The original aim of this paper, following from my own work in early medieval Indian history, was to explore the role that South Asian political ideas and practices played in the transformation of early Southeast Asian societies. Partly inspired by Hermann Kulke's work on state-formation, partly by Sheldon Pollock's recent theory of the ‘Sanskrit cosmopolis’, both of which, in different ways, have argued for strong continuities in the cultural and social development of South and Southeast Asia in early medieval times, I sought to correlate the literary, ideological and administrative aspects of early Indonesian inscriptions against their wider social contexts. The research, however, threw up some major analytical problems which have proved very instructive, the most pertinent of which was the difficulty of linking language practice and ideologies on the one hand and state ‘structures’ and social formations on the other. My findings, which seem clearly as relevant for South as for Southeast Asian history, suggest that the relations between ‘cultural practices’ and state structures are highly complex and shifting. While this may seem like a point of almost staggering banality, I hope to show more precisely how such an analytical awareness may add a new perspective on highly-touted theories of linguistic and cultural ‘cosmopolitanism’ inspired by Pollock's work. Before turning to the evidence, this essay will place the discussion within an analytical environment through a brief survey of major approaches to understanding the role of South Asian culture in Southeast Asian history.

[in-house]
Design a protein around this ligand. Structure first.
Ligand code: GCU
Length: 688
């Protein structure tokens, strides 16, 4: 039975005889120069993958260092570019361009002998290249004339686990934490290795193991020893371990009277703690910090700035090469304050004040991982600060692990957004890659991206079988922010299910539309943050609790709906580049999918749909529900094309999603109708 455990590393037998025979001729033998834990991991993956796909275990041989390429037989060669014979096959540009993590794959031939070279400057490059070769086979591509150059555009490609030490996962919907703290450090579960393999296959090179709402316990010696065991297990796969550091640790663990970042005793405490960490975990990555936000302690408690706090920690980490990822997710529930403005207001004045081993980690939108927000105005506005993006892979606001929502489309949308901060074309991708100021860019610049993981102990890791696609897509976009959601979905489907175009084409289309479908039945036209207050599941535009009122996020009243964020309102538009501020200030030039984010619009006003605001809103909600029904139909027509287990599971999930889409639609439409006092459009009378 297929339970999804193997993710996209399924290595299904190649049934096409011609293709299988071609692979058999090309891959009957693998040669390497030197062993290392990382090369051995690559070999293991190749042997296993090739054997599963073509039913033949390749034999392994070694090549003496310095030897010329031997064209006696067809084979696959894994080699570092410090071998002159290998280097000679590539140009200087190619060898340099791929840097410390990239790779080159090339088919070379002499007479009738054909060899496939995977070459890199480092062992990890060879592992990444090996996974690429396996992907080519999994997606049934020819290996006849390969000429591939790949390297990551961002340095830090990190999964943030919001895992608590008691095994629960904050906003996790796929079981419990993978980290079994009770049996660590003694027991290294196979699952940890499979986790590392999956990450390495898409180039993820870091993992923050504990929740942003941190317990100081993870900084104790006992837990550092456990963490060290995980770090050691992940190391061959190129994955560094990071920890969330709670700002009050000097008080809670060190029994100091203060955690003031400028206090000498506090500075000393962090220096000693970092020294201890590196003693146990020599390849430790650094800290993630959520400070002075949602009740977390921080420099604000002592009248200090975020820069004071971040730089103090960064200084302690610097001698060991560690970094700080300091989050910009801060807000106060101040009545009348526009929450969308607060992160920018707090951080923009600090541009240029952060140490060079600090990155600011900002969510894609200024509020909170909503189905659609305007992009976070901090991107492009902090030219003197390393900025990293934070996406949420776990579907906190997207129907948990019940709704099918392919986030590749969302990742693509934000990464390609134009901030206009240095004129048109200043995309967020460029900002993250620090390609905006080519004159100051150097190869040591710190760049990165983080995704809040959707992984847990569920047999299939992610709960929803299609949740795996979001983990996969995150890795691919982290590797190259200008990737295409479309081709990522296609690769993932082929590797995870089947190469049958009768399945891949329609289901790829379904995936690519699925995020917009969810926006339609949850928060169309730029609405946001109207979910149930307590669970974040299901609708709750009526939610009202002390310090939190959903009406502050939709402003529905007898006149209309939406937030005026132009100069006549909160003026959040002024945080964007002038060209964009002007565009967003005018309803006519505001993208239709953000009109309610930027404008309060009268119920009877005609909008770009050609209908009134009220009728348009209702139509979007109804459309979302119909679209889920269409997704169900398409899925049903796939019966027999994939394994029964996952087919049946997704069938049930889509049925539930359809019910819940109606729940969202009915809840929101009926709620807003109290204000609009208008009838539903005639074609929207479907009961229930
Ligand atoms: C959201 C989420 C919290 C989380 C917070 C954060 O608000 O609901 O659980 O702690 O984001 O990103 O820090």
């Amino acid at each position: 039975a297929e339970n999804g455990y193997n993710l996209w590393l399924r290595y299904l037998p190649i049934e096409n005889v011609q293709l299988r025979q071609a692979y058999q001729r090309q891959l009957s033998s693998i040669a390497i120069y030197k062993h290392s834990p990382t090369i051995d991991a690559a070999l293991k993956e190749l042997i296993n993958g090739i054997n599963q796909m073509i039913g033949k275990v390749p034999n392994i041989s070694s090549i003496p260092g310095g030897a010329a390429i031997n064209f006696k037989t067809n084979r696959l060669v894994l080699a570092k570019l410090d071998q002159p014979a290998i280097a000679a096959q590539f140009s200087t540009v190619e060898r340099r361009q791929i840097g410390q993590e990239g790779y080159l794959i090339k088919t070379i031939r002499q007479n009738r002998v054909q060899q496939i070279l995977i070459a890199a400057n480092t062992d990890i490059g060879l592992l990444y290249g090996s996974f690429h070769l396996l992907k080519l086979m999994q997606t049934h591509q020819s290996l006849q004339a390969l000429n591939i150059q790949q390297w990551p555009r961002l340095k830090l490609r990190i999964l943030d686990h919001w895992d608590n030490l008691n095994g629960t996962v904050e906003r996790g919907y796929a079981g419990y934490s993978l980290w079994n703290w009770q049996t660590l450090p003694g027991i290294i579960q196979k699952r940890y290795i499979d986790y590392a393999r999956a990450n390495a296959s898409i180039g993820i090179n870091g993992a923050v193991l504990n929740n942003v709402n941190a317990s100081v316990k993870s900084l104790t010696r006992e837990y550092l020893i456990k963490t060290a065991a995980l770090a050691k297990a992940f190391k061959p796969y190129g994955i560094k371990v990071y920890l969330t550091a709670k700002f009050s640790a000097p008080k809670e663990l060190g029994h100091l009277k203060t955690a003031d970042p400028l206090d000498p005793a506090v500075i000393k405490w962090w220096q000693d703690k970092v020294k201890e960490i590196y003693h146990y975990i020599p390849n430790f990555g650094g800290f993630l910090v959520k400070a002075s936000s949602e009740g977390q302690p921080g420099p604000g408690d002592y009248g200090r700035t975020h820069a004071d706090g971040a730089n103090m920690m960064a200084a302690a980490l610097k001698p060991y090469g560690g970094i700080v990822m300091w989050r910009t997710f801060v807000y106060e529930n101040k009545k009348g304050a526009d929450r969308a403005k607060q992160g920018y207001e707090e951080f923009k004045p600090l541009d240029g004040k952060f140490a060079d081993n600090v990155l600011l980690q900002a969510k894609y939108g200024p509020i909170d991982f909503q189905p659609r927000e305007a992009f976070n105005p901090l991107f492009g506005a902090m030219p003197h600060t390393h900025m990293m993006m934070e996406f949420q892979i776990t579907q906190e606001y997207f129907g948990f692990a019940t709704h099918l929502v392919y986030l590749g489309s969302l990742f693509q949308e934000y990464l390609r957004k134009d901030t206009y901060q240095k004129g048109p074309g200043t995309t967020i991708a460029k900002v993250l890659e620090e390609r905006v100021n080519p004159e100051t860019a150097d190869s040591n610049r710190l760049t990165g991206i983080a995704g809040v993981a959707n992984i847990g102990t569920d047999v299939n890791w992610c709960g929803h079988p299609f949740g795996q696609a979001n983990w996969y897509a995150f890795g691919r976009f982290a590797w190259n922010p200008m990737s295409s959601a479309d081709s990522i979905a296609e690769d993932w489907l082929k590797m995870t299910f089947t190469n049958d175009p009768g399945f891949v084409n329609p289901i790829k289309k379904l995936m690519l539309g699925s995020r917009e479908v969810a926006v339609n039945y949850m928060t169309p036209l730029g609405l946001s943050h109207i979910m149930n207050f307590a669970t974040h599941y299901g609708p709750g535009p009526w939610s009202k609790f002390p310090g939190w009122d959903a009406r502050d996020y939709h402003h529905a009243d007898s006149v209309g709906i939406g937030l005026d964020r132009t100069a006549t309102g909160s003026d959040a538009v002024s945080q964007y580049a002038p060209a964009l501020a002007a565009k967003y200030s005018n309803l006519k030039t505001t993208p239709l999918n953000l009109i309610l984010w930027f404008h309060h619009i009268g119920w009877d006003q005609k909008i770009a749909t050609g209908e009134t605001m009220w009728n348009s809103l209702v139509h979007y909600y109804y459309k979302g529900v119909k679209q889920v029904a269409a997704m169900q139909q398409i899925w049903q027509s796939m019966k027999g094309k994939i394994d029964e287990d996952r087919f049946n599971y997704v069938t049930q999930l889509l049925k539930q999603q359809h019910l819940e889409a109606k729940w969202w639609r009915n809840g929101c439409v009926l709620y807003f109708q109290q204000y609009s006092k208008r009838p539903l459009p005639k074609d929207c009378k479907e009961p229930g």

SANSKRIT AND STATE FORMATION IN SOUTHEAST ASIA: FROM EMPIRE TO COSMOPOLIS
The historiography of South and Southeast Asian interactions, and indeed the conceptualization of the conference itself, ‘Early Indian influences in Southeast Asia’, has a well-established pedigree. Since at least the end of the nineteenth century, but more clearly since the rise of nationalist historiography in India, the topic has been of great interest to both scholars of South and Southeast Asian history. While there is no space here for a complete review of this work, it will be useful to present a brief account of the major approaches in order to situate my own concerns. Earlier generations of nationalist scholarship in India forwarded the idea of Hindu colonies in the Far East, of a vast cultural ‘empire’ known as ‘Greater India’.